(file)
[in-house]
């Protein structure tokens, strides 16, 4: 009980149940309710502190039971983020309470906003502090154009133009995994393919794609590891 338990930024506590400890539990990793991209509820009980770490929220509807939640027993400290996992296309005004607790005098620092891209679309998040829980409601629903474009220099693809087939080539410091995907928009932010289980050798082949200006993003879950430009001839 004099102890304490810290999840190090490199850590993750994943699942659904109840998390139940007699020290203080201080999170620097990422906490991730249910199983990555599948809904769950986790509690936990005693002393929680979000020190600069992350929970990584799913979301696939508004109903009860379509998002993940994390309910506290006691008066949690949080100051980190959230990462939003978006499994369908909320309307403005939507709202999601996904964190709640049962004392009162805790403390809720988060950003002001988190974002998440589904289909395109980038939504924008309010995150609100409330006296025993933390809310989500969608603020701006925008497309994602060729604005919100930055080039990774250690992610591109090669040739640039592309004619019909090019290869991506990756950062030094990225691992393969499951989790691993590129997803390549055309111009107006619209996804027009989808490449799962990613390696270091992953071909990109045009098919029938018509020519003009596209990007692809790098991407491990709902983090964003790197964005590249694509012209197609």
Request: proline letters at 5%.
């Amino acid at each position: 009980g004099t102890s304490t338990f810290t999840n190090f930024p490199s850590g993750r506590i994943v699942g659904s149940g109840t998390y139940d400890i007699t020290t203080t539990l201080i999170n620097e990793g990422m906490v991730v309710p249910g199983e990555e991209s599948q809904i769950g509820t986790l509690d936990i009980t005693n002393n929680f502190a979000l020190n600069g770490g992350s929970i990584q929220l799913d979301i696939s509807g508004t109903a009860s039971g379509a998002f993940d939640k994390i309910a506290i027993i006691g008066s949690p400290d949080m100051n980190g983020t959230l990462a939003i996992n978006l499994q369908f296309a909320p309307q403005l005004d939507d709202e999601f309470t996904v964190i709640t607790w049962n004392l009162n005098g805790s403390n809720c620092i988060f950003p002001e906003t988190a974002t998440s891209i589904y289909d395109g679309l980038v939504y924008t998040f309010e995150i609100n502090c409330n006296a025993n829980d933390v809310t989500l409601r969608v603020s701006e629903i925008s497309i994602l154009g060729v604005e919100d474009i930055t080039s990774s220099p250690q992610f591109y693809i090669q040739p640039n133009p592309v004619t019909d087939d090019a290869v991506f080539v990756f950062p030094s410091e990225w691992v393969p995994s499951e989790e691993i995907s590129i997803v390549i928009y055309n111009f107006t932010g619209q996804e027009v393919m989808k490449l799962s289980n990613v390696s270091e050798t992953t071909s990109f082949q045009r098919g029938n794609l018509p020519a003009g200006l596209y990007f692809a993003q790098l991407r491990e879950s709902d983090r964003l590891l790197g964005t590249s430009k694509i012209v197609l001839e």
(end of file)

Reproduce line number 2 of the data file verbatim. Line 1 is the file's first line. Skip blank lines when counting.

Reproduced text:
């Protein structure tokens, strides 16, 4: 009980149940309710502190039971983020309470906003502090154009133009995994393919794609590891 338990930024506590400890539990990793991209509820009980770490929220509807939640027993400290996992296309005004607790005098620092891209679309998040829980409601629903474009220099693809087939080539410091995907928009932010289980050798082949200006993003879950430009001839 004099102890304490810290999840190090490199850590993750994943699942659904109840998390139940007699020290203080201080999170620097990422906490991730249910199983990555599948809904769950986790509690936990005693002393929680979000020190600069992350929970990584799913979301696939508004109903009860379509998002993940994390309910506290006691008066949690949080100051980190959230990462939003978006499994369908909320309307403005939507709202999601996904964190709640049962004392009162805790403390809720988060950003002001988190974002998440589904289909395109980038939504924008309010995150609100409330006296025993933390809310989500969608603020701006925008497309994602060729604005919100930055080039990774250690992610591109090669040739640039592309004619019909090019290869991506990756950062030094990225691992393969499951989790691993590129997803390549055309111009107006619209996804027009989808490449799962990613390696270091992953071909990109045009098919029938018509020519003009596209990007692809790098991407491990709902983090964003790197964005590249694509012209197609």